I have been incredibly lucky to work on small PR campaigns which have been adaptive, creative and passionate and ultimately successful. There must be larger organisations with these qualities but surveying the current state of Government and corporate Australia, give me the small outfits every time.
I guess it is counter intuitive to be in business and aim for small rather than grand communications campaigns. After all isn’t business about making as much money as possible?
Certainly the returns are not as attractive for small as they are for larger projects. The issues aren’t as big and the chances to make an impact or build a reputation are reduced. Still there is something intrinsically satisfying if not financially rewarding about a modest PR campaign.
Driven by passion or ruled by the clock?
Firstly smaller not for profits are often staffed by people with passion and focused ambition. They are intimately involved with their issue or product and have a personal interest. As they reach out to communicate, it is more a mission than a job and their energy and commitment shines through. That drive can be contagious and often I find myself devoting far more of myself than originally planned.
Contrast this with very large companies or agencies where the sense of purpose is dissipated by size and people are driven from the top or by the clock.
Big budgets can be bad
Small community organisations have tighter communications budgets and fewer people to help. To achieve results they must be creative and adapt, morph and change as things unfold. A smaller organisation will often experiment with different approaches and tactics for one simple reason. They cannot buy success and for them there is no alternative. Meanwhile larger organisations with weighty cheque books can be inclined to fund what has worked in the past and even discount less expensive but equally effective options. For them the motivation can be fear of failure rather than a dream of success.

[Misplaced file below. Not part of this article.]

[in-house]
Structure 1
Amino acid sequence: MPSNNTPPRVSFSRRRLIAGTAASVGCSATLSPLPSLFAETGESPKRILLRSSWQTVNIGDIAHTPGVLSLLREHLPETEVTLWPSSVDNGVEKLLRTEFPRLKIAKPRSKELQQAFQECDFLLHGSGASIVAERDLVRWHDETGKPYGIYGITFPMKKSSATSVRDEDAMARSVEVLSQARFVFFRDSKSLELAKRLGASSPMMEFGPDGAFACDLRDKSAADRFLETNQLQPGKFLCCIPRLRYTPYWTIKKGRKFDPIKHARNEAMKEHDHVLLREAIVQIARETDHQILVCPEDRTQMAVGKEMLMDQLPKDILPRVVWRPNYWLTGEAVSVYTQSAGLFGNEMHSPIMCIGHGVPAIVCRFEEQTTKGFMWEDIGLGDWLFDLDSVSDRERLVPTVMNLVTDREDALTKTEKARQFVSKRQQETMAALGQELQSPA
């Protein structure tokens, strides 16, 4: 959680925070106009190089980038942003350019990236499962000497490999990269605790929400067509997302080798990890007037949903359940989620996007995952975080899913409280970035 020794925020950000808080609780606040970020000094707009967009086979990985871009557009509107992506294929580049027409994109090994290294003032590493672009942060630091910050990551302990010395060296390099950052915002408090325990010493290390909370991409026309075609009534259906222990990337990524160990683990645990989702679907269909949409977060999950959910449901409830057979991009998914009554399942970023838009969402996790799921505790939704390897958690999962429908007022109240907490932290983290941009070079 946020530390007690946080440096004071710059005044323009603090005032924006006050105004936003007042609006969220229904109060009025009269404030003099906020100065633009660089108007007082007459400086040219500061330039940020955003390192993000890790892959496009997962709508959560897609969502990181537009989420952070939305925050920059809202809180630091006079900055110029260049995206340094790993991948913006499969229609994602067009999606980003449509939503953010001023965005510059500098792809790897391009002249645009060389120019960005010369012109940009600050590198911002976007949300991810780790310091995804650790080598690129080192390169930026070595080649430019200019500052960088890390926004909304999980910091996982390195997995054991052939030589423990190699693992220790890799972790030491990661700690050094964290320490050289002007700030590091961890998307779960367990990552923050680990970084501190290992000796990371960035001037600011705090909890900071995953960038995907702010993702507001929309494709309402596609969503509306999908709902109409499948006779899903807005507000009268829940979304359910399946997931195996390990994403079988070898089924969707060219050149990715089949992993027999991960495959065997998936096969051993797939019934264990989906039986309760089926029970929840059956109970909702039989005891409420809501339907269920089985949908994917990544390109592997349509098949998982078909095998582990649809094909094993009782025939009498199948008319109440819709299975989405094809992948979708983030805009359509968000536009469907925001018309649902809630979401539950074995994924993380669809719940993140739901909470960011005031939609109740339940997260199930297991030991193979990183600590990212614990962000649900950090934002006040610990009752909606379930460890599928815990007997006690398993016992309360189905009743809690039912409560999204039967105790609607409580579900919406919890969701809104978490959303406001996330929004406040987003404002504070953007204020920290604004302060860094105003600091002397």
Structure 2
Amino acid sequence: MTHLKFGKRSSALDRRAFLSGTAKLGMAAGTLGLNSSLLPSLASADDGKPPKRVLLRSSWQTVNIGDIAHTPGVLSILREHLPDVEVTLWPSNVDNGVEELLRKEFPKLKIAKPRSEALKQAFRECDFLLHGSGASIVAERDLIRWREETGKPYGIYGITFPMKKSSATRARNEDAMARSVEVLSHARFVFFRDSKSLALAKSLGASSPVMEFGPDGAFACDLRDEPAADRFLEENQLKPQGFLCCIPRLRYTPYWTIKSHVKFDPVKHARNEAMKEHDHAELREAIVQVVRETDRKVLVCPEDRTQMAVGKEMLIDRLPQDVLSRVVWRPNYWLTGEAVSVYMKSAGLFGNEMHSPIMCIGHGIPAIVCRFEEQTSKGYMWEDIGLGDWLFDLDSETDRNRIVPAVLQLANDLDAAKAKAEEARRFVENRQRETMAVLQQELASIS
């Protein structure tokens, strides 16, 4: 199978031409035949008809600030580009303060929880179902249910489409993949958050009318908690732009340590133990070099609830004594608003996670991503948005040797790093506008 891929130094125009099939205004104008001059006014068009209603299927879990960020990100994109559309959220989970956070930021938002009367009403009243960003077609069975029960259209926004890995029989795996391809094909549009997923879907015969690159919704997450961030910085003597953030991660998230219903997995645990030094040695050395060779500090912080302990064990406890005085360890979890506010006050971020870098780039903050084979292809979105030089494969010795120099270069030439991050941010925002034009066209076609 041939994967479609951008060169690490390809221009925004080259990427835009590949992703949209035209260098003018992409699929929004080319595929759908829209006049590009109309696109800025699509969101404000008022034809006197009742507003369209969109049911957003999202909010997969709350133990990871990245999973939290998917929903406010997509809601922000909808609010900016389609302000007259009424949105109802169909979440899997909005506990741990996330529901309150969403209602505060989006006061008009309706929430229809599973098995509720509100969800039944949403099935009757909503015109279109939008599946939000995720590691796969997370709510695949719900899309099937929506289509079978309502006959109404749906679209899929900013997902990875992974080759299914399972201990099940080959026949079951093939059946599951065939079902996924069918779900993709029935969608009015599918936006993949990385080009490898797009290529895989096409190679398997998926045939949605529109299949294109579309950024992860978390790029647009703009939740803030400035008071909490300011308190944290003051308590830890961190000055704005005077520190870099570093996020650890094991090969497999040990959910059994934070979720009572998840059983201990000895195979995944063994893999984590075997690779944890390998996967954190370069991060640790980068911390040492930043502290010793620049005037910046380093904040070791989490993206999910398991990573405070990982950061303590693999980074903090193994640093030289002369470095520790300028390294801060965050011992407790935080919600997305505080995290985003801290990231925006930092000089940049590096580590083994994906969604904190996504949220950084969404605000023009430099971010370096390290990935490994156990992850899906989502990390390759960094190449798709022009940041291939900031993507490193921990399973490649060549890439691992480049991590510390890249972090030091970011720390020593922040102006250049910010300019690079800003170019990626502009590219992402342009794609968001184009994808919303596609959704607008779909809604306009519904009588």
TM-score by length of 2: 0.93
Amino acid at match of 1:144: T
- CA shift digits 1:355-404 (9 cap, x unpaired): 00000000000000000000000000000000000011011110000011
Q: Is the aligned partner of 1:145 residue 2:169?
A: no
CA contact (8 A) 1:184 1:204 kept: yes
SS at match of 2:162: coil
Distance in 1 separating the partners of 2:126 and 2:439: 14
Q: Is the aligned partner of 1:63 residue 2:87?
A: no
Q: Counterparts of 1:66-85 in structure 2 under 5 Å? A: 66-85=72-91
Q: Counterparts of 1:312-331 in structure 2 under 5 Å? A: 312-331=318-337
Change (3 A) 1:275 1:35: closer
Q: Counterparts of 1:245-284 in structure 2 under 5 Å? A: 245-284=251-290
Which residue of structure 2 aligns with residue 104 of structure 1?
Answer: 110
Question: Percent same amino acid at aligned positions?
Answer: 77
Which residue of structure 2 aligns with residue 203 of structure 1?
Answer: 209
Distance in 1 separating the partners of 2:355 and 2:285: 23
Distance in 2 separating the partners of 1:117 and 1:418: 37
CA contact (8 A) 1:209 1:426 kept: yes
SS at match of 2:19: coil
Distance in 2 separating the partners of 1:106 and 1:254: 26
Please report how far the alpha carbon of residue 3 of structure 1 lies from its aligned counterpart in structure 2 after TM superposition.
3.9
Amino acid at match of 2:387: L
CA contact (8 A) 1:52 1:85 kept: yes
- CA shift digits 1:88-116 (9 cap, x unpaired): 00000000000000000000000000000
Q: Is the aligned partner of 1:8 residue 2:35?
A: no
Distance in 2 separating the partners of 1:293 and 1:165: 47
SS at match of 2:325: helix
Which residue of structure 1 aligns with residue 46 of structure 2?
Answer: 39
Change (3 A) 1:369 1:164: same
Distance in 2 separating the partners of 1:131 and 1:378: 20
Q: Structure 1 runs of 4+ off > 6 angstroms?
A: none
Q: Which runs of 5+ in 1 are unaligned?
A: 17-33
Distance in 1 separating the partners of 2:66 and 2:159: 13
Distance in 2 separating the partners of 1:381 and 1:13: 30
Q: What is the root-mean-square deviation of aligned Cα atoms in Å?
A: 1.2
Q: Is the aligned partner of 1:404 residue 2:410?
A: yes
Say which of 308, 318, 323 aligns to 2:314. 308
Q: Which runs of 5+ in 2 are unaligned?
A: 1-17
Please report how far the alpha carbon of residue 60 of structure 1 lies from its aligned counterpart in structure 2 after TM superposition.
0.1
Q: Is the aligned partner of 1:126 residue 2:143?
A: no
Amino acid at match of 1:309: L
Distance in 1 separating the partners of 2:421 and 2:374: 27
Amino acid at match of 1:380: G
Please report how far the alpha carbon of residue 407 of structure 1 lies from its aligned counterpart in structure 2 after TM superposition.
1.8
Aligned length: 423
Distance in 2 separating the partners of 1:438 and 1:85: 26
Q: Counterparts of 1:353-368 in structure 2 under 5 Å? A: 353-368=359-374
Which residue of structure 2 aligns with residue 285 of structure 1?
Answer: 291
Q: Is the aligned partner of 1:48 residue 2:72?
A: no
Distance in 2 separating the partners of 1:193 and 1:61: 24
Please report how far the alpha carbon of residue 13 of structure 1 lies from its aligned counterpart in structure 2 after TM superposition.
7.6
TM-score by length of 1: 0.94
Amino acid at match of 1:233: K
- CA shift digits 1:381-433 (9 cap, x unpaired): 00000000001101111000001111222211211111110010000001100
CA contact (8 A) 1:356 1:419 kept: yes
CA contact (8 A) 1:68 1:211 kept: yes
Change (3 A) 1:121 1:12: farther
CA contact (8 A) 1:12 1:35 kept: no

A few years ago I produced a marketing plan for a government agency which was rejected because the price tag was too low. Sent away to develop something more substantial, I presented new arrangements which were four times more expensive but only marginally if indeed more effective. The Board approved the new million dollar plan without discussion.
The communications moat
Big outfits often have a moat between the boss and the communications team that can only be crossed after navigating multiple egos or echelons. These PR teams pine as they stand outside the door when the real decisions are made and dream of a seat at the table where the powerful gather. Smaller organisations are lucky to have a boardroom table and cannot afford bureaucracy because it risks their business. When it comes to decision making they are likely to stress coordination than centralisation.
Smalll is good and big is bad?
Not all small is good and big is bad! I have been incredibly lucky to work on small scale PR undertakings which have been adaptive, creative and passionate and in the end successful. There must be larger concerns with these qualities but surveying the current state of Government and corporate Australia, give me small and nimble every time.